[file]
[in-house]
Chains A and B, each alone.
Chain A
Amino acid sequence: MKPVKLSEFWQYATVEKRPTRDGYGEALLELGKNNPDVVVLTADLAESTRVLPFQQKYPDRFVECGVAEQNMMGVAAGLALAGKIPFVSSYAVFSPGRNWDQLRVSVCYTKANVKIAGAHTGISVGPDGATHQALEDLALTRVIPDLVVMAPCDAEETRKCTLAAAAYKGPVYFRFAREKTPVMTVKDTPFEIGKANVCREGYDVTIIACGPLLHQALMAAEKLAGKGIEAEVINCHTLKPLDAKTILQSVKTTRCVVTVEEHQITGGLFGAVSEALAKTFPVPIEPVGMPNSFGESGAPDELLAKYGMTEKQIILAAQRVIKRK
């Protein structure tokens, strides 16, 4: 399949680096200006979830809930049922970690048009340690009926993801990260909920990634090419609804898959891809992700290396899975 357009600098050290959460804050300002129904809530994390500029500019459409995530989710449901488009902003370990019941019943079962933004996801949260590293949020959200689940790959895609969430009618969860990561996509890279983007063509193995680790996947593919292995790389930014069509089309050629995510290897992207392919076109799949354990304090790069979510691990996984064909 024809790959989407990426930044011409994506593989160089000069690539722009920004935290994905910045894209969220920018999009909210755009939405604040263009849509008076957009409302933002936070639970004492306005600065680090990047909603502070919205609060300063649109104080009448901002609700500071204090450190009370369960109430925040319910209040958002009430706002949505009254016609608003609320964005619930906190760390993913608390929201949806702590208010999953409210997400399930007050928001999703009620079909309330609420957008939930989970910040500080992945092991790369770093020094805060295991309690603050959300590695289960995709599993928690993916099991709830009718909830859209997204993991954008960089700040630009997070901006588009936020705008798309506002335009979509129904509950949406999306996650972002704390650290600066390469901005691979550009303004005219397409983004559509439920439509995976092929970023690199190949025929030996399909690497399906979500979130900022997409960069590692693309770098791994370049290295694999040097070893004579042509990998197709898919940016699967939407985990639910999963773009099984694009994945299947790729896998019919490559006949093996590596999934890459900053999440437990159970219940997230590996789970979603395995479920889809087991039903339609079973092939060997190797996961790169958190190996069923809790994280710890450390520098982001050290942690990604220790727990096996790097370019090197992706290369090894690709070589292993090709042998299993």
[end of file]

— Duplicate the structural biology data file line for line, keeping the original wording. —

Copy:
[in-house]
Chains A and B, each alone.
Chain A
Amino acid sequence: MKPVKLSEFWQYATVEKRPTRDGYGEALLELGKNNPDVVVLTADLAESTRVLPFQQKYPDRFVECGVAEQNMMGVAAGLALAGKIPFVSSYAVFSPGRNWDQLRVSVCYTKANVKIAGAHTGISVGPDGATHQALEDLALTRVIPDLVVMAPCDAEETRKCTLAAAAYKGPVYFRFAREKTPVMTVKDTPFEIGKANVCREGYDVTIIACGPLLHQALMAAEKLAGKGIEAEVINCHTLKPLDAKTILQSVKTTRCVVTVEEHQITGGLFGAVSEALAKTFPVPIEPVGMPNSFGESGAPDELLAKYGMTEKQIILAAQRVIKRK
């Protein structure tokens, strides 16, 4: 399949680096200006979830809930049922970690048009340690009926993801990260909920990634090419609804898959891809992700290396899975 357009600098050290959460804050300002129904809530994390500029500019459409995530989710449901488009902003370990019941019943079962933004996801949260590293949020959200689940790959895609969430009618969860990561996509890279983007063509193995680790996947593919292995790389930014069509089309050629995510290897992207392919076109799949354990304090790069979510691990996984064909 024809790959989407990426930044011409994506593989160089000069690539722009920004935290994905910045894209969220920018999009909210755009939405604040263009849509008076957009409302933002936070639970004492306005600065680090990047909603502070919205609060300063649109104080009448901002609700500071204090450190009370369960109430925040319910209040958002009430706002949505009254016609608003609320964005619930906190760390993913608390929201949806702590208010999953409210997400399930007050928001999703009620079909309330609420957008939930989970910040500080992945092991790369770093020094805060295991309690603050959300590695289960995709599993928690993916099991709830009718909830859209997204993991954008960089700040630009997070901006588009936020705008798309506002335009979509129904509950949406999306996650972002704390650290600066390469901005691979550009303004005219397409983004559509439920439509995976092929970023690199190949025929030996399909690497399906979500979130900022997409960069590692693309770098791994370049290295694999040097070893004579042509990998197709898919940016699967939407985990639910999963773009099984694009994945299947790729896998019919490559006949093996590596999934890459900053999440437990159970219940997230590996789970979603395995479920889809087991039903339609079973092939060997190797996961790169958190190996069923809790994280710890450390520098982001050290942690990604220790727990096996790097370019090197992706290369090894690709070589292993090709042998299993």